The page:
Work in Progress (WIP) has been defined as work that has started but is not yet finished. Sometimes, it is also referred to as partially completed work. In agile development, WIP limits set the maximum amount of work that can exist in each status of a workflow.
There are multiple benefits of limiting your work in progress, but the most important one is that it will make it easier to identify inefficiency in a team's workflow.
“Limiting WIP is a simple, versatile tool, resulting in people examining their work, eliminating unnecessary tasks, and finishing valuable products faster”. ─Jim Benson
Benefits of limiting WIP:
Work on higher priority tasks first
Build trust with those audiences by putting things out regularly
Identify bottlenecks in the team’s workflow
Collaborate between teams to complete features
Complete any integration needed for each story
Whether you are using Kanban or Scrum, agile and lean principles focus on getting things done in small batches and WIP limits reduce the amount of work "nearly done", by forcing the team to focus on a smaller set of tasks.
Kanban uses cards, columns, and improvement to help all teams get the right amount of work done. Kanban is based on a continuous workflow structure. If there is a lack of flow (because of too many work items in progress, blockers, or other impediments) the Kanban board immediately draws attention to the associated columns.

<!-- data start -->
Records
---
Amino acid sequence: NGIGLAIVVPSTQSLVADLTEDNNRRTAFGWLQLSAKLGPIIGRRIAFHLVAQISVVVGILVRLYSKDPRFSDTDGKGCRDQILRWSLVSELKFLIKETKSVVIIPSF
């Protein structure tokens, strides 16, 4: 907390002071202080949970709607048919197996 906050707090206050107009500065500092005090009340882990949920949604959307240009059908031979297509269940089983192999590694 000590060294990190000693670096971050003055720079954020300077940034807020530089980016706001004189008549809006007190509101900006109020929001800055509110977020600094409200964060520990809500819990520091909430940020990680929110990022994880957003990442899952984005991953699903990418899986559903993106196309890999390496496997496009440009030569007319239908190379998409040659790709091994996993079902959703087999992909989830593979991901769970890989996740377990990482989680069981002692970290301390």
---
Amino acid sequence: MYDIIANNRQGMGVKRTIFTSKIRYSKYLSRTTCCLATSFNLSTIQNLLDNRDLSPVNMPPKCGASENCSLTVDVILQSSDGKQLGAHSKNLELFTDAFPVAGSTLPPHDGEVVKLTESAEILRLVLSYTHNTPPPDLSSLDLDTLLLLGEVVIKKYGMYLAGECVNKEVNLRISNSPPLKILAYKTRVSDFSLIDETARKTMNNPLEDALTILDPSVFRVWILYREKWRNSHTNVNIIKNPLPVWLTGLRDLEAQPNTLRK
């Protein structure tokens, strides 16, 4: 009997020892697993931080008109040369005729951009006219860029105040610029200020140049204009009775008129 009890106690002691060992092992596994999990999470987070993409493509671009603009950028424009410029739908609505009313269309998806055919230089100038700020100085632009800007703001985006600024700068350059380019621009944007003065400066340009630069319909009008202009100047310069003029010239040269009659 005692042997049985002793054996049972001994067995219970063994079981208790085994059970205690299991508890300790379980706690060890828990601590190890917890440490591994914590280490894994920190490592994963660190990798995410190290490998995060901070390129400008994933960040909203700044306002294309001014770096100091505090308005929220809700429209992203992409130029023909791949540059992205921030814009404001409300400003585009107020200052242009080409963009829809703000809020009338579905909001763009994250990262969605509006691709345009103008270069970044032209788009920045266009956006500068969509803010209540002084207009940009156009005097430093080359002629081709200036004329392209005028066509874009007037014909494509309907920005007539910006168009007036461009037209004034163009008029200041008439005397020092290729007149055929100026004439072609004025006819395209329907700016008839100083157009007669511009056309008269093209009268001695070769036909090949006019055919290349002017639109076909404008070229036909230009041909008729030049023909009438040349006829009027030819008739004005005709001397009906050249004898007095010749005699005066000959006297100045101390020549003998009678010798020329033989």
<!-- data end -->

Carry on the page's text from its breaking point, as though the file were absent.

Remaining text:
Some scrum boards do indicate WIP limits, but these are often not strictly observed since everyone on the team is focused on getting the work done before the Sprint is over (usually 2 weeks). However, scrum teams can introduce concepts into their Sprint (Scrumban) and set WIP limits for the team.
Here is a great video from Atlassian about Kanban WIP limits.
How do you calculate work in progress limits?
There is no right answer. The truth is, you will need to experiment and find the WIP limit that is low enough to identify bottlenecks and promote a good flow for your team. Every group is different and you will need to adapt every process based on your team situation and experience. However, there are 4 steps in Kanban that can guide you in the process:
Map your value stream
Calculate the efficiency of your board (flow efficiency is the ratio between your active time and total time
Identify the number of total tasks on the board related to the size of your team
Set WIP limits for each column
Stop trying to do everything at once. Instead learn how to say no, rethink your priorities and talk with your manager or leadership about setting clear expectations about your workflow. A good leader needs to become a team protector, keeping them from splitting their focus across too many projects. Adopting agile means creating, exploring, failing, developing, and continuously improving. Having a limit on the amount that can be handled for the team is a key to continuous improvement and efficiency.